The big picture: Microsoft unifying its Windows Experience and Surface hardware teams under product chief Panos Panay was a strong indication that the company was taking the Windows 10 redesign seriously in order to evolve it with emerging dual-screen devices and to bring it on par with existing high-end Surface hardware. In celebration of a major user milestone achieved by the OS earlier this week, the company's product chief teased a new UI showcasing several new features and changes that users can expect in the future.
Windows 10 design revamp efforts have been keeping Microsoft busy for quite some time now. We've seen its Fluent Design language dictate the look and feel of new app icons as well as the Start Menu layout on the desktop. Similar UI changes have made their way to Windows 10X, the touch-friendly dual-screen OS that recently previewed a new lightweight File Explorer.
Although Windows Insiders (and curious readers) have been keeping up with these updates, a recent video posted on Instagram by chief product officer Panos Panay reveals several new features and UI changes that testers and general users alike can look forward to.
The team made this video to celebrate making it to 1 billion MAD on Windows 10 and I wanted to share it with all of you. Now at a time when so much of our work and communication is taking place through our devices, it’s especially humbling to know that Windows can help empower a billion people to stay connected to the things and people they care about #Windows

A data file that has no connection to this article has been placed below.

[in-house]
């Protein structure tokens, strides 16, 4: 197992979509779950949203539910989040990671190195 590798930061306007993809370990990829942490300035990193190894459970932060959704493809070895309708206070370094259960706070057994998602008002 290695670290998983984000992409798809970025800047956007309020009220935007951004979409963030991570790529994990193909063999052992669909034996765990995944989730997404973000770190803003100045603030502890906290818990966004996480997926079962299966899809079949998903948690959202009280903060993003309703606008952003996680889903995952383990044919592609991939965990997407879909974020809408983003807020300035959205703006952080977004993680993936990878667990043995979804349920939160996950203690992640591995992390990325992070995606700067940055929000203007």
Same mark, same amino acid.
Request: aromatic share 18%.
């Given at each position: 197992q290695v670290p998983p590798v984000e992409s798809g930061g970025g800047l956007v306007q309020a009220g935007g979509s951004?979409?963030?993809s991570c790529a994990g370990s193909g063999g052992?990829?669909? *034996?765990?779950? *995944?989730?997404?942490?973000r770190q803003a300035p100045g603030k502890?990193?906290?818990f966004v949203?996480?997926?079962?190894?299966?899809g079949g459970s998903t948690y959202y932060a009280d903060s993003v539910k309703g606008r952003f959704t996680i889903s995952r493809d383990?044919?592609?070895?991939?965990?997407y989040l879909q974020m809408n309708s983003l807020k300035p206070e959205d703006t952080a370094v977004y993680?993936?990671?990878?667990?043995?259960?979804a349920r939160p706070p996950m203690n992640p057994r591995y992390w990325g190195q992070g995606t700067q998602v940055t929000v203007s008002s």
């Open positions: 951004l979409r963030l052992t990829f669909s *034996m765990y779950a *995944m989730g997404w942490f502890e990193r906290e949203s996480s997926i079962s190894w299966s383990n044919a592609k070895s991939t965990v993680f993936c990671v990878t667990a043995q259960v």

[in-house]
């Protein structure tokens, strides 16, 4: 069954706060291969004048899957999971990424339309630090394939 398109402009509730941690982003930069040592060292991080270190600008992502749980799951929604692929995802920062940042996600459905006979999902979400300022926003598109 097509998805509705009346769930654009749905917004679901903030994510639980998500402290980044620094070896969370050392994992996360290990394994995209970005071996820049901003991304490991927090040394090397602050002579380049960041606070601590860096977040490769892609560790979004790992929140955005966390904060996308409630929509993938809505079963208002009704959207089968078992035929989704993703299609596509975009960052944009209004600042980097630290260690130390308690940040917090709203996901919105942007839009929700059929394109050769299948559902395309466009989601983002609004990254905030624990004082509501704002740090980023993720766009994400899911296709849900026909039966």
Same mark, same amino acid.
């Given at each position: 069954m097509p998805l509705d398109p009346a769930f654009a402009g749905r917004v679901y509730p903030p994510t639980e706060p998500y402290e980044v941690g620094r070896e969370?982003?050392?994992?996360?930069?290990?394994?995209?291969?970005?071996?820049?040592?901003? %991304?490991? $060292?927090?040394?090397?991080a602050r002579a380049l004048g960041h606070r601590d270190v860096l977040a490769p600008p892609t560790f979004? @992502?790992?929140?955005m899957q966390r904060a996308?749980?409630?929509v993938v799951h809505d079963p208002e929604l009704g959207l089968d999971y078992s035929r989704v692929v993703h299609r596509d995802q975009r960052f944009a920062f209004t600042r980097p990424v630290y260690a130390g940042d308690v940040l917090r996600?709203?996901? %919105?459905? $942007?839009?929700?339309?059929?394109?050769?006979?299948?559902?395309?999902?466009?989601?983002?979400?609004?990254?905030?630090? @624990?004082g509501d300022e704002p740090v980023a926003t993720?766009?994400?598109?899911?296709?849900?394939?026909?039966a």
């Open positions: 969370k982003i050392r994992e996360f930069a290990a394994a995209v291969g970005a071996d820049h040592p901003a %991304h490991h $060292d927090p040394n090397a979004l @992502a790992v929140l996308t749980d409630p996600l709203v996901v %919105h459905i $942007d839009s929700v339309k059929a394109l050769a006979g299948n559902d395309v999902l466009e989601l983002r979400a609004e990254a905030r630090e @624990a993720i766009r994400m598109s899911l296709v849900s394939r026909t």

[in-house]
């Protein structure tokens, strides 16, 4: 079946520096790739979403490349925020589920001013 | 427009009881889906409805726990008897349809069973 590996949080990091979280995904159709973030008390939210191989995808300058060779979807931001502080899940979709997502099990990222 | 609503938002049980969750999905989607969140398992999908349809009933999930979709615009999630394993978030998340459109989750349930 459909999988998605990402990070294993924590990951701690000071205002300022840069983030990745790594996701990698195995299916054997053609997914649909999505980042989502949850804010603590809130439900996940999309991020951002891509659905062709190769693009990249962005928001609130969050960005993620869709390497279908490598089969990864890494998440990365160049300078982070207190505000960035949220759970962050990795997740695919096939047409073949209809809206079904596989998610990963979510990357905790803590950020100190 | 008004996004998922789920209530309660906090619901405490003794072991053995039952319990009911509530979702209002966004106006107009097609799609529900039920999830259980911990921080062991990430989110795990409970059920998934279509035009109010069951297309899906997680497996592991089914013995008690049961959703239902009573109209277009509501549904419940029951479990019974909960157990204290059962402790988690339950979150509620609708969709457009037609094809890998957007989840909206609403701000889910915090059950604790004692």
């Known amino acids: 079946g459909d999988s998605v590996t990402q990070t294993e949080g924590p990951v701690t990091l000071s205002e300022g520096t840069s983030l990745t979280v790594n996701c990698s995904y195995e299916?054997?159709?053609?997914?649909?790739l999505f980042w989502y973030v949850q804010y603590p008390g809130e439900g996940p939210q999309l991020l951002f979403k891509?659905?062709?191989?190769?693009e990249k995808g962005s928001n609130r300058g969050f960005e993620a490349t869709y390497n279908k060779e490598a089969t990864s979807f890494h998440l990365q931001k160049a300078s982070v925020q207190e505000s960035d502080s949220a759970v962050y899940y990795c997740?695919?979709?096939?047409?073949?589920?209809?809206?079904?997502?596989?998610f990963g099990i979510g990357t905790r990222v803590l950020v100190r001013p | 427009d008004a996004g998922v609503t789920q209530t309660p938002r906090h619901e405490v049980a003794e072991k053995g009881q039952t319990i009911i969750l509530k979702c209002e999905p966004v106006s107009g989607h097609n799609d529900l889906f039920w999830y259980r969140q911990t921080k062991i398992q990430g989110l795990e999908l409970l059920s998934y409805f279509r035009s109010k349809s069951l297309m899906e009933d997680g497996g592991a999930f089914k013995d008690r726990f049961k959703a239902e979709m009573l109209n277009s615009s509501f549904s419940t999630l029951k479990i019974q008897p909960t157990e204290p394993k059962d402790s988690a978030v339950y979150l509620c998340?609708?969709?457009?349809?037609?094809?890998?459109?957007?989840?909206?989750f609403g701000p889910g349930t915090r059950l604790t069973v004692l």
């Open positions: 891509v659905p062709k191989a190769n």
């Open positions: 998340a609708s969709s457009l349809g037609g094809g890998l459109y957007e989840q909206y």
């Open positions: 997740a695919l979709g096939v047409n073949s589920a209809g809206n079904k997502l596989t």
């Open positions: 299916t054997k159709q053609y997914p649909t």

Celebrating Windows 10's recent one billion users milestone, the teaser starts with a short trip down memory lane before showing off the restyled Start Menu with translucent Live Tiles spaced further away from the programs list on the left.
Other noticeable items popping up with the clappy, upbeat tune is a new File Explorer app, similarly styled to its 10X counterpart, alongside new apps for Photo and Calculator, and updated context menus.
Windows heading towards a cohesive design direction (at least on the surface) is a positive development; however, it remains to be seen how long-standing UI/UX challenges such as inconsistent design patterns (Settings/Control Panel) and evolution of legacy apps, among others, are dealt with going forwards.
Another issue, though at a more fundamental level, are problematic OS updates that have increasingly become the norm. Should this trend continue, a more serious bug slipping through Windows Update could now put a billion users (and counting) at risk.